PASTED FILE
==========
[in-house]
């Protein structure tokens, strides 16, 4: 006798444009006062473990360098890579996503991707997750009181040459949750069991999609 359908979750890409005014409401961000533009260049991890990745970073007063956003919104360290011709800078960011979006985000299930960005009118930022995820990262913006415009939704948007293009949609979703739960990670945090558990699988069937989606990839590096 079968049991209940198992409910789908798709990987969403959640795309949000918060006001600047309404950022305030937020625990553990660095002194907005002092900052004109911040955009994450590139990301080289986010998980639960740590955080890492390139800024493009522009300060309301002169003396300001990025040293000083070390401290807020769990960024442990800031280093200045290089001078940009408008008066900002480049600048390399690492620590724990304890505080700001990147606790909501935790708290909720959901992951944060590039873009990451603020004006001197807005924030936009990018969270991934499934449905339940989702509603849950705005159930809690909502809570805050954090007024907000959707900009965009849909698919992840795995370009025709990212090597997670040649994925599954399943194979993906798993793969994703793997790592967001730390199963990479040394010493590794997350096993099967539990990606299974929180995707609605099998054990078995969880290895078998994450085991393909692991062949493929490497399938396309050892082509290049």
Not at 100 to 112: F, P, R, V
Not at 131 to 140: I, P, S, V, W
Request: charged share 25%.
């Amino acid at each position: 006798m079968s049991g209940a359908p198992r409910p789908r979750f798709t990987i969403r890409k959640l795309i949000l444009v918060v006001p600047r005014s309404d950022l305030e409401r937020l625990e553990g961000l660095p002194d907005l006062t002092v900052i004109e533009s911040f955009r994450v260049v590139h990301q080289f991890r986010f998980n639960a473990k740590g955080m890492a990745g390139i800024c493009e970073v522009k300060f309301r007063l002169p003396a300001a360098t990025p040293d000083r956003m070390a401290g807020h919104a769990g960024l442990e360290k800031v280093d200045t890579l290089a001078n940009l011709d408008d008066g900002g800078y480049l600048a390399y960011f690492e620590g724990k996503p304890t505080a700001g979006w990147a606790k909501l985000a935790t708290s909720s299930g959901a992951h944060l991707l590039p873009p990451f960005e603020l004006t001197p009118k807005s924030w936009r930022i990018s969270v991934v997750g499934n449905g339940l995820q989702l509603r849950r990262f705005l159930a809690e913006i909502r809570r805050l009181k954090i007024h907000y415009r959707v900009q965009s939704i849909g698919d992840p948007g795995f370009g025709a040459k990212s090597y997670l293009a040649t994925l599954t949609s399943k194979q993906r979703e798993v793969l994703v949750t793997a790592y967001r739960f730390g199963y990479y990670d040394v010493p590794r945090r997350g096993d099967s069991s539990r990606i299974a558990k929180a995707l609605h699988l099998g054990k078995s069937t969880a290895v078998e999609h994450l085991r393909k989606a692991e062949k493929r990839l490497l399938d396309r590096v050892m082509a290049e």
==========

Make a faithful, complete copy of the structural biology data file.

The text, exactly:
[in-house]
């Protein structure tokens, strides 16, 4: 006798444009006062473990360098890579996503991707997750009181040459949750069991999609 359908979750890409005014409401961000533009260049991890990745970073007063956003919104360290011709800078960011979006985000299930960005009118930022995820990262913006415009939704948007293009949609979703739960990670945090558990699988069937989606990839590096 079968049991209940198992409910789908798709990987969403959640795309949000918060006001600047309404950022305030937020625990553990660095002194907005002092900052004109911040955009994450590139990301080289986010998980639960740590955080890492390139800024493009522009300060309301002169003396300001990025040293000083070390401290807020769990960024442990800031280093200045290089001078940009408008008066900002480049600048390399690492620590724990304890505080700001990147606790909501935790708290909720959901992951944060590039873009990451603020004006001197807005924030936009990018969270991934499934449905339940989702509603849950705005159930809690909502809570805050954090007024907000959707900009965009849909698919992840795995370009025709990212090597997670040649994925599954399943194979993906798993793969994703793997790592967001730390199963990479040394010493590794997350096993099967539990990606299974929180995707609605099998054990078995969880290895078998994450085991393909692991062949493929490497399938396309050892082509290049």
Not at 100 to 112: F, P, R, V
Not at 131 to 140: I, P, S, V, W
Request: charged share 25%.
């Amino acid at each position: 006798m079968s049991g209940a359908p198992r409910p789908r979750f798709t990987i969403r890409k959640l795309i949000l444009v918060v006001p600047r005014s309404d950022l305030e409401r937020l625990e553990g961000l660095p002194d907005l006062t002092v900052i004109e533009s911040f955009r994450v260049v590139h990301q080289f991890r986010f998980n639960a473990k740590g955080m890492a990745g390139i800024c493009e970073v522009k300060f309301r007063l002169p003396a300001a360098t990025p040293d000083r956003m070390a401290g807020h919104a769990g960024l442990e360290k800031v280093d200045t890579l290089a001078n940009l011709d408008d008066g900002g800078y480049l600048a390399y960011f690492e620590g724990k996503p304890t505080a700001g979006w990147a606790k909501l985000a935790t708290s909720s299930g959901a992951h944060l991707l590039p873009p990451f960005e603020l004006t001197p009118k807005s924030w936009r930022i990018s969270v991934v997750g499934n449905g339940l995820q989702l509603r849950r990262f705005l159930a809690e913006i909502r809570r805050l009181k954090i007024h907000y415009r959707v900009q965009s939704i849909g698919d992840p948007g795995f370009g025709a040459k990212s090597y997670l293009a040649t994925l599954t949609s399943k194979q993906r979703e798993v793969l994703v949750t793997a790592y967001r739960f730390g199963y990479y990670d040394v010493p590794r945090r997350g096993d099967s069991s539990r990606i299974a558990k929180a995707l609605h699988l099998g054990k078995s069937t969880a290895v078998e999609h994450l085991r393909k989606a692991e062949k493929r990839l490497l399938d396309r590096v050892m082509a290049e």